Active band-reject filter analysis

Discussion in 'General Electronics Chat' started by Let_07, Mar 16, 2017.

  1. Let_07

    Thread Starter New Member

    Mar 16, 2017
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    Hello :)

    Recently I've been trying to analyse an active band-reject filter in order to make some simulations but so far I didn't have success.

    The filter looks like this:

    [​IMG]

    Considering a capacitor of 1uF, how can I calculate the rest of the components having a low-cut frequency of about 20KHz and high-cut frequency of about 30KHz? Or better say central frequency of 25KHz

    Also I would like to have no gain, just to simply cut between those frequencies and be able to "mess" with the Q factor... However I'm really struggling to have the correct formulas. I know it might look easy but I'm not very experienced in this and I would like your help

    Thank you
     
  2. crutschow

    Expert

    Mar 14, 2008
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    It is not particular easy to analyze that circuit.
    Here's a reference on active bandstop filters.
     
  3. Nykolas

    Active Member

    Aug 27, 2013
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    It seems to me this is a band-pass, not band-reject filter. The gain is varied by changing the values of R1/R2. E
     
  4. AnalogKid

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  5. joeyd999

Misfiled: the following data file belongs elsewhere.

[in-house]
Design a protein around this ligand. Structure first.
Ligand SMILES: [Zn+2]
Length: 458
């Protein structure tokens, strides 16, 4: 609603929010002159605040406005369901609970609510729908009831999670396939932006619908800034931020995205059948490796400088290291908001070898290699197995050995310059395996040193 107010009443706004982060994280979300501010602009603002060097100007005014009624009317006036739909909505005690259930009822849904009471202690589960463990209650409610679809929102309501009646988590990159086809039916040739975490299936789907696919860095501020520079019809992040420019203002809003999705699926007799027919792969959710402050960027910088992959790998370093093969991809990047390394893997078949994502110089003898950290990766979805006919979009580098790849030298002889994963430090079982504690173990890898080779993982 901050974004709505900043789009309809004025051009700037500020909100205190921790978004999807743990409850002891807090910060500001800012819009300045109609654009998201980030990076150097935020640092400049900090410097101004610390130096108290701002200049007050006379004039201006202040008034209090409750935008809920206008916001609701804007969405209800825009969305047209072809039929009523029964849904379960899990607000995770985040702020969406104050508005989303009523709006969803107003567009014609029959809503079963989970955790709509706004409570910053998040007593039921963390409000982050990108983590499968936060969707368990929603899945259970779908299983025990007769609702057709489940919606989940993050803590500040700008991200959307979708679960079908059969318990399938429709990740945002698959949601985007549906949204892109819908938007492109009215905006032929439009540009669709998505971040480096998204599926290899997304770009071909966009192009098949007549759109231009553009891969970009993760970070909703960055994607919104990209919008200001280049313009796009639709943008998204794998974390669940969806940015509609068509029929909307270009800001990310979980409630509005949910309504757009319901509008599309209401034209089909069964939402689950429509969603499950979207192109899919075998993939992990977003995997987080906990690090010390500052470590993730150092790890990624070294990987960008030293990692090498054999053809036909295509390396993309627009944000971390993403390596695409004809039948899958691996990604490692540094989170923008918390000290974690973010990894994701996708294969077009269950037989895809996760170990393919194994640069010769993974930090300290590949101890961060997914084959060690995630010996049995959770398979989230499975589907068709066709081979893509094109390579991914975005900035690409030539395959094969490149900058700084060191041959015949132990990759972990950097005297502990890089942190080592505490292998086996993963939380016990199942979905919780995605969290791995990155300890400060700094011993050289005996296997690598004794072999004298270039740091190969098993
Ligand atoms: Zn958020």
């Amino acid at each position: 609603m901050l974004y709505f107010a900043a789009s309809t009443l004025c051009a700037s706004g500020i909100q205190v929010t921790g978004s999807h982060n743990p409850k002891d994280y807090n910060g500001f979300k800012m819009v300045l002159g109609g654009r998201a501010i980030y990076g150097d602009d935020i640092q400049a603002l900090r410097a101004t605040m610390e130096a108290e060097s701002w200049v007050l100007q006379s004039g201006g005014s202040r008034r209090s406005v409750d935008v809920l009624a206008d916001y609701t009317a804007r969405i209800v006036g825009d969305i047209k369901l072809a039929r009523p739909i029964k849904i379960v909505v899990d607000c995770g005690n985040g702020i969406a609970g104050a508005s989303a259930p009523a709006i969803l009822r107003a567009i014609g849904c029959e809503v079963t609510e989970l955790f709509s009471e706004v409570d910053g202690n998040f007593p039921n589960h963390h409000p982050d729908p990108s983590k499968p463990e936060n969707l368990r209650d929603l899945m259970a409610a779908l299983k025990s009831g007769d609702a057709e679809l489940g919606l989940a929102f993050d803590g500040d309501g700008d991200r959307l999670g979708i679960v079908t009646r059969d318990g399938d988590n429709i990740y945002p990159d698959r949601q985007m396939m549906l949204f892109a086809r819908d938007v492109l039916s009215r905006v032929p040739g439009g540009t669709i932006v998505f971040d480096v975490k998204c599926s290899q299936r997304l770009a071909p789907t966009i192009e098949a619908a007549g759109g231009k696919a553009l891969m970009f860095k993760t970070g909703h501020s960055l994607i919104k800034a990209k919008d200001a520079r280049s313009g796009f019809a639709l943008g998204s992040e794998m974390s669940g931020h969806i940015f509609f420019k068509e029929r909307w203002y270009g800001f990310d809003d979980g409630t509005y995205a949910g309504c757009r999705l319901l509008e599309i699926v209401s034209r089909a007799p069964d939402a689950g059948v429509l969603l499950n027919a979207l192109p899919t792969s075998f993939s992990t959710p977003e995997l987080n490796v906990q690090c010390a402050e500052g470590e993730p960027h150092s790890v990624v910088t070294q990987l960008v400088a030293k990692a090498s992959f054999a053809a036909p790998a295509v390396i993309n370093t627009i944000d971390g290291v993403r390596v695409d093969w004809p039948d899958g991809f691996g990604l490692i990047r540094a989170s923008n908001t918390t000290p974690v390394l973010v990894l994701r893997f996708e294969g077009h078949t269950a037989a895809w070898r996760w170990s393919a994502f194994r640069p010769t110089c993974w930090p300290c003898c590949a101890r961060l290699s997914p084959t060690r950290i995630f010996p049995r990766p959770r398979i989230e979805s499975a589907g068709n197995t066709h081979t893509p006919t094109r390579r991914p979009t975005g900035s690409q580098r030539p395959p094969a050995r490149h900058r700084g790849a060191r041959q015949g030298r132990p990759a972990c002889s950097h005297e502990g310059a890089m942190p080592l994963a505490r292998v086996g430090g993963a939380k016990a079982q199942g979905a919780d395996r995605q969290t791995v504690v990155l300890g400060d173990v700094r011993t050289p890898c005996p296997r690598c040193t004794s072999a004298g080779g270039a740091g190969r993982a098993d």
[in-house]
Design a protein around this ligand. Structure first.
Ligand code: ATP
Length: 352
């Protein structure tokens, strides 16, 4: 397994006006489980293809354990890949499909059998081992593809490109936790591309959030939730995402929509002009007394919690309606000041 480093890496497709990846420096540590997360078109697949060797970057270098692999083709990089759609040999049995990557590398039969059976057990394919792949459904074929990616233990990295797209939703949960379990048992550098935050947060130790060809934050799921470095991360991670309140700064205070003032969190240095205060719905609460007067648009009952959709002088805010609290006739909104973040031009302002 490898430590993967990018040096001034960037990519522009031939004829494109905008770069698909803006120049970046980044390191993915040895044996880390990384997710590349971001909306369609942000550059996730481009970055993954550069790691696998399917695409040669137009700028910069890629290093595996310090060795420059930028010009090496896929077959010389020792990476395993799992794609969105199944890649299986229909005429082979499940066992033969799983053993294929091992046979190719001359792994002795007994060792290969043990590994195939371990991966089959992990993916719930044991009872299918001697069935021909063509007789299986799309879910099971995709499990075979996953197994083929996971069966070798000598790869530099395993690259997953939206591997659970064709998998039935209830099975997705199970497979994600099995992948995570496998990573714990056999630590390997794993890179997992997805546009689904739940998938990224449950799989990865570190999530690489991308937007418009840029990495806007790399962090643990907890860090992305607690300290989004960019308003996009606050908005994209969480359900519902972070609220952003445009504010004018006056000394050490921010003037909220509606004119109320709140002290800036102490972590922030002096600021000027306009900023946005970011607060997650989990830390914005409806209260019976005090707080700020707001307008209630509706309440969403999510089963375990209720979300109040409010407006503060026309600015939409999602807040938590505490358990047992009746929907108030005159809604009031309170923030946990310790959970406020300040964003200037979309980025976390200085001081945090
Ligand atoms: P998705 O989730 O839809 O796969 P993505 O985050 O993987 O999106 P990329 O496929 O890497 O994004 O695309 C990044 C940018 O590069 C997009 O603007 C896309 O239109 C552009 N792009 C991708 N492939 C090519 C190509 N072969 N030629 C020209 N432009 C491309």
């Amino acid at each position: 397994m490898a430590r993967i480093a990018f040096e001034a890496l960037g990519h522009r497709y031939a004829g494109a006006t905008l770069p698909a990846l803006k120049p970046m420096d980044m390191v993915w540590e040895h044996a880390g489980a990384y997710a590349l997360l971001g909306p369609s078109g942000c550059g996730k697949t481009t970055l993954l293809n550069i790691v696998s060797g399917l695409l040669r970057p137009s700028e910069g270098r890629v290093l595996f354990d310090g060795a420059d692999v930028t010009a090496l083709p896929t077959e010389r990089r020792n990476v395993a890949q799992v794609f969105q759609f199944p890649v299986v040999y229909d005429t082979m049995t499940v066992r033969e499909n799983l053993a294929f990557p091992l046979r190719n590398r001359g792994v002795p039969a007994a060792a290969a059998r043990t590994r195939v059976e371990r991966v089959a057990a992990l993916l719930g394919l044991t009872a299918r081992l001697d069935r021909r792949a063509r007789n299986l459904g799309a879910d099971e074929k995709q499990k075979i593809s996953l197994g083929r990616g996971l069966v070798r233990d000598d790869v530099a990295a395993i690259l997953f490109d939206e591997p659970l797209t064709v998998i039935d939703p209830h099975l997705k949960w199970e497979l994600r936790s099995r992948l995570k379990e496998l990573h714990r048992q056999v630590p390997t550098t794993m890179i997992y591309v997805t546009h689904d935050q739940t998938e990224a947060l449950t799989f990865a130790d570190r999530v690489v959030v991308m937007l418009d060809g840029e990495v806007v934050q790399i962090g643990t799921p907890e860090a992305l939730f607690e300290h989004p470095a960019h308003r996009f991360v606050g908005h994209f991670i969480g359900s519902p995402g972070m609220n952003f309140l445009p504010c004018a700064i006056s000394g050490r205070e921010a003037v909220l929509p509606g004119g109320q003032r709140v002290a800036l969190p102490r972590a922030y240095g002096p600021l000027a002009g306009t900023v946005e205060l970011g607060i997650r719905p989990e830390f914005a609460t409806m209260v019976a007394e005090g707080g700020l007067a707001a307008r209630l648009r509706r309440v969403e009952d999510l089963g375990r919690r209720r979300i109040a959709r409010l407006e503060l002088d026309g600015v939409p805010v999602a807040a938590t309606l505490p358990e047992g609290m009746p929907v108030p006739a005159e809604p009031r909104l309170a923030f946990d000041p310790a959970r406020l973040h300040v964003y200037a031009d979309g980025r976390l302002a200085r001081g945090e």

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    The "loop gain" is determined by Q, which is a function of R1 and R2.

    The overall gain is attenuated by voltage divider R3 and R4.

    Here's a spreadsheet I designed for designing 4th order circuits.

    Edit: Sorry, slightly different topology.
     
  6. Let_07

    Thread Starter New Member

    Mar 16, 2017
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    Thank you for the answers. I'll try to analyze some of the files sent.

    Regarding this being a band-pass filter, I did some simulations on LTSpice and obtained the following results:

    ltspice.png

    So it seems to work as a band-reject. Before I was doing some research on internet and bandpass filters look similar except that there are no resistors R3 and R4... (I'm not saying you are wrong, just providing the information I got from my research)